Earth is the only biologically active planet yet known to science. But the rapid development of the field of exoplanet discovery and characterization, certain to accelerate with the upcoming launch of the James Webb Space Telescope, means that may well change in the next few decades. The conceptual work necessary to understand future biologically active exoplanets is already beginning. Key questions include how terrestrial planets form, how they may obtain liquid water and maintain habitable temperatures, how atmospheric composition can reveal the potential for life, how interactions with their star(s) might be similar to or differ from Earth’s interactions with the Sun over billions of years, and how different initial physical and chemical conditions could constrain the evolution of planetary biogeochemical cycles. A postdoctoral fellow in this area could draw on scientific expertise at Rutgers relating to topics such as astrophysics, meteoritics and planet formation, protein evolution, the origins and mechanisms of photosynthesis, major-element cycling, and environmental geomicrobiology. They could also link to resources at other institutions in the region.

Estuaries, beaches, and dunes provide habitat for coastal species of conservation concern and support active fisheries. Located at the boundary of land and sea, these ecosystems are uniquely vulnerable to climate change-driven shifts in terrestrial runoff, storm surge, and sea level.  Extensive urban and industrial development surrounding many of these ecosystems compromises their resiliency and ability to provide valued ecosystem services.  While many of the direct effects of climate change and development on coastal ecosystems have been documented, science has only recently begun to consider more fully the potential impacts of their coupled human-natural system dynamics. Such dynamics can give rise to non-linear ‘tipping point’ responses within urban coastal ecosystems, an outcome rarely addressed in current literature.  Rutgers faculty working in related areas have expertise in biodiversity conservation, food web dynamics, coastal biogeochemistry, climate and sea-level change, spatial analysis, environmental sociology, and land use policy.  Examples of potential research topics include feedbacks between landowner responses to sea-level rise and efforts to conserve coastal biodiversity, the influence of changing river discharge on estuarine food webs and contaminant bioaccumulation, and strategies for monitoring and analyzing the multi-decadal socioecological dynamics of coastal change.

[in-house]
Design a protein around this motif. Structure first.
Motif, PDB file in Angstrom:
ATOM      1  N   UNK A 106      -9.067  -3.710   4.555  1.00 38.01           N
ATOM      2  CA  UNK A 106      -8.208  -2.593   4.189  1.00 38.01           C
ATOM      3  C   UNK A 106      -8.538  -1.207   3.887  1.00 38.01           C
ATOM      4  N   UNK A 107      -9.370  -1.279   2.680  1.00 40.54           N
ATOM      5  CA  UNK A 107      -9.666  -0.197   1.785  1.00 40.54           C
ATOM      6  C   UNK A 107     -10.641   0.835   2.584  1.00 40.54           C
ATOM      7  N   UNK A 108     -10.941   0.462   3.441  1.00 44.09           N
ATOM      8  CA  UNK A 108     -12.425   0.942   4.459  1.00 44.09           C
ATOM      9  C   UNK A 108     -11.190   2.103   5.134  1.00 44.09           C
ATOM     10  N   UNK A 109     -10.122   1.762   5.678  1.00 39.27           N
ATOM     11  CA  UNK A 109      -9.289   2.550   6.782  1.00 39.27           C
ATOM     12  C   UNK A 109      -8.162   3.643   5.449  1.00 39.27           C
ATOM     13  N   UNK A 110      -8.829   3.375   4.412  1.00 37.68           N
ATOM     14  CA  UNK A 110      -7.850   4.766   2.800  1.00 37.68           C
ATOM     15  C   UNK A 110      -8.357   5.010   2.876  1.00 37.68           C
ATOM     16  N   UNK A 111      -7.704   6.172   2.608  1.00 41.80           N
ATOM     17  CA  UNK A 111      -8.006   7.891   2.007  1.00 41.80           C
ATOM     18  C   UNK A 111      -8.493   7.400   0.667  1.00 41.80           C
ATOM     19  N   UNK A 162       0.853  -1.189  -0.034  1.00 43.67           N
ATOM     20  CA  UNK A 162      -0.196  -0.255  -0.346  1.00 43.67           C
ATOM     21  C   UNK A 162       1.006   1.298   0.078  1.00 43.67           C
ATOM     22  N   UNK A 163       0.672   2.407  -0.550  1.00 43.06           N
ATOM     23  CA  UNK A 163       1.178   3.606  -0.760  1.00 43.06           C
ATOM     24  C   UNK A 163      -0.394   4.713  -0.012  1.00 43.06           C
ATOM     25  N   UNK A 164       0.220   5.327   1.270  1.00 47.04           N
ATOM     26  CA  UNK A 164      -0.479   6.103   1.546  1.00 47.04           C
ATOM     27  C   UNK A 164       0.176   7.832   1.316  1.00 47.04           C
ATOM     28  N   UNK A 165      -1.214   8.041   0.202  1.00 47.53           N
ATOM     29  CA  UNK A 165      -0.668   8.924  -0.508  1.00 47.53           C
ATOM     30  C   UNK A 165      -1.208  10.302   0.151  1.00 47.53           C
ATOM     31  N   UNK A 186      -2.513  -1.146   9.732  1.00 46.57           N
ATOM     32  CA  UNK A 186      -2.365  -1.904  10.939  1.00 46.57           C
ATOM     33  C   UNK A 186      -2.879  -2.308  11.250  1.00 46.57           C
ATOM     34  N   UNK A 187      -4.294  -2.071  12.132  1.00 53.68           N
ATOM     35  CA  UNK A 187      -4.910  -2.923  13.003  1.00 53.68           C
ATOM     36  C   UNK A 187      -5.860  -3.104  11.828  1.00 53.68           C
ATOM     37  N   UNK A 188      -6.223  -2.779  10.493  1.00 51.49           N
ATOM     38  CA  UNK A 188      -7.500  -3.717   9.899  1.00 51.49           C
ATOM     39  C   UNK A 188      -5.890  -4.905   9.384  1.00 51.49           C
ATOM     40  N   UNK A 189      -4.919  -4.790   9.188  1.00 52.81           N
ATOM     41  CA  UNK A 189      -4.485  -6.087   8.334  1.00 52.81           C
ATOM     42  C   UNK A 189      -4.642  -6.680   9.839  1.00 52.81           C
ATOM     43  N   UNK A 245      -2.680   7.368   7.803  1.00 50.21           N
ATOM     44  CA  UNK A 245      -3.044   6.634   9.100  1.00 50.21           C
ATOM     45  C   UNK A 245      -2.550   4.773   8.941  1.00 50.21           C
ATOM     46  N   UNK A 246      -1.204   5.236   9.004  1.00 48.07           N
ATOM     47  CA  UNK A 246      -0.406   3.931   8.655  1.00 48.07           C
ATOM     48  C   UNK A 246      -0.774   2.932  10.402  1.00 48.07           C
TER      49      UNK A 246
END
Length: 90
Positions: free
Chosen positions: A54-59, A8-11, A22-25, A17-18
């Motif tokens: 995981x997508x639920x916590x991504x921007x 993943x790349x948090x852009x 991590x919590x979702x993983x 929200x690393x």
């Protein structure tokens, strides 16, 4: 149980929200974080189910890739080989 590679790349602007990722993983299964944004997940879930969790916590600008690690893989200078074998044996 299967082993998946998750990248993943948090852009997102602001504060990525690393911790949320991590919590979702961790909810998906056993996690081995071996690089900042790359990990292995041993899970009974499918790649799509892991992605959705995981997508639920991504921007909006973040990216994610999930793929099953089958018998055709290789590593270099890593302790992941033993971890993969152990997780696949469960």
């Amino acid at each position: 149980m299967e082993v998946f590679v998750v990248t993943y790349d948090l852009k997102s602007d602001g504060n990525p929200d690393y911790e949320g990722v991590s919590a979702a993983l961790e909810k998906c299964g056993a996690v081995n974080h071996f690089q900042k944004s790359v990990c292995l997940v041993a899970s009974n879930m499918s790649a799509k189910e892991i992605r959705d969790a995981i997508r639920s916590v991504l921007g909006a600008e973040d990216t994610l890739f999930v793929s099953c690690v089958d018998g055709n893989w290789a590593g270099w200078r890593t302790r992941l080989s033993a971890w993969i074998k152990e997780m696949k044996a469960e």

Humans rely on marine ecosystems, from the microscopic phytoplankton that produce half the oxygen we breathe to the fish and other animals that provide food for more than half the world’s people. Most marine organisms, including viruses, phytoplankton, and larval fish, spend life in the water column as microscopic plankton, floating with the ocean currents. For these drifters, feeding, movement, and species interactions are governed by a cascade of physical processes ranging from microscale turbulence to mesoscale eddies. Some plankton can influence their movement by regulating their buoyancy or by actively swimming, but none can escape transport by ocean physics. This situation creates a fascinating and poorly understood set of interactions between biological and physical processes that stretch across spatial scales of millimeters to kilometers and temporal scales of seconds to years. A better understanding of these interactions is key to predicting emergent population dynamics in the ocean. Rutgers faculty working in related areas have expertise in the observation and modeling of ocean physics, phytoplankton physiology, biophysical interactions, marine metapopulation dynamics, and marine ecology. Examples of potential research topics include phytoplankton-virus-turbulence or larval-turbulence interactions, the propagation of phytoplankton bloom demise, and the emergent properties of larval dispersal across the seascape, with an ultimate goal of connecting microscale biophysical interactions to dynamics of marine populations.